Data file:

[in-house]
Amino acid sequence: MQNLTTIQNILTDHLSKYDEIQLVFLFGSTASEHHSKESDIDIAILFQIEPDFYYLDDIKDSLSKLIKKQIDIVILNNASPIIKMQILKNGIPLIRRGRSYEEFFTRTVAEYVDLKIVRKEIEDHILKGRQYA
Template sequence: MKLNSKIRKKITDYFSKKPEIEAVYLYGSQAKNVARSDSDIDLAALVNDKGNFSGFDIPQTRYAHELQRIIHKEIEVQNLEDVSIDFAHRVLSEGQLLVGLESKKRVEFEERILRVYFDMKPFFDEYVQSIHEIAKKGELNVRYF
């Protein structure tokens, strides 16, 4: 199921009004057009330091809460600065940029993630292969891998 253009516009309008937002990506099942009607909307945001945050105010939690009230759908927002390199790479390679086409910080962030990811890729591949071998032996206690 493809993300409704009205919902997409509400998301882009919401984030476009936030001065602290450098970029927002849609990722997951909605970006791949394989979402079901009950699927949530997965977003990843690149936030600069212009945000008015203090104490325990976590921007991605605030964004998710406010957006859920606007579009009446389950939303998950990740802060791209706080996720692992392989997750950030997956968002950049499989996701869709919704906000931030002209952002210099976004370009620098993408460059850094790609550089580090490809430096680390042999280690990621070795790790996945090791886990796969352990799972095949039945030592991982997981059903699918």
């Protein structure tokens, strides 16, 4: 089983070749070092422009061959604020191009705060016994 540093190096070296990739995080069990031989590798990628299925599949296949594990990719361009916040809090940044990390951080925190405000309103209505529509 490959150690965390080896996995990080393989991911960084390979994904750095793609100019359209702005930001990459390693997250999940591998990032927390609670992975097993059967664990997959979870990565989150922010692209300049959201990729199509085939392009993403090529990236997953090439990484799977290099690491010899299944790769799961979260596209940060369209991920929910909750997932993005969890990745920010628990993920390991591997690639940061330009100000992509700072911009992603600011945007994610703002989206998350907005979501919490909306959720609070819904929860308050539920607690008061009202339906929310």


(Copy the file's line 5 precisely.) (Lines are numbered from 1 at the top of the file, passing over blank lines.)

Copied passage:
């Protein structure tokens, strides 16, 4: 089983070749070092422009061959604020191009705060016994 540093190096070296990739995080069990031989590798990628299925599949296949594990990719361009916040809090940044990390951080925190405000309103209505529509 490959150690965390080896996995990080393989991911960084390979994904750095793609100019359209702005930001990459390693997250999940591998990032927390609670992975097993059967664990997959979870990565989150922010692209300049959201990729199509085939392009993403090529990236997953090439990484799977290099690491010899299944790769799961979260596209940060369209991920929910909750997932993005969890990745920010628990993920390991591997690639940061330009100000992509700072911009992603600011945007994610703002989206998350907005979501919490909306959720609070819904929860308050539920607690008061009202339906929310």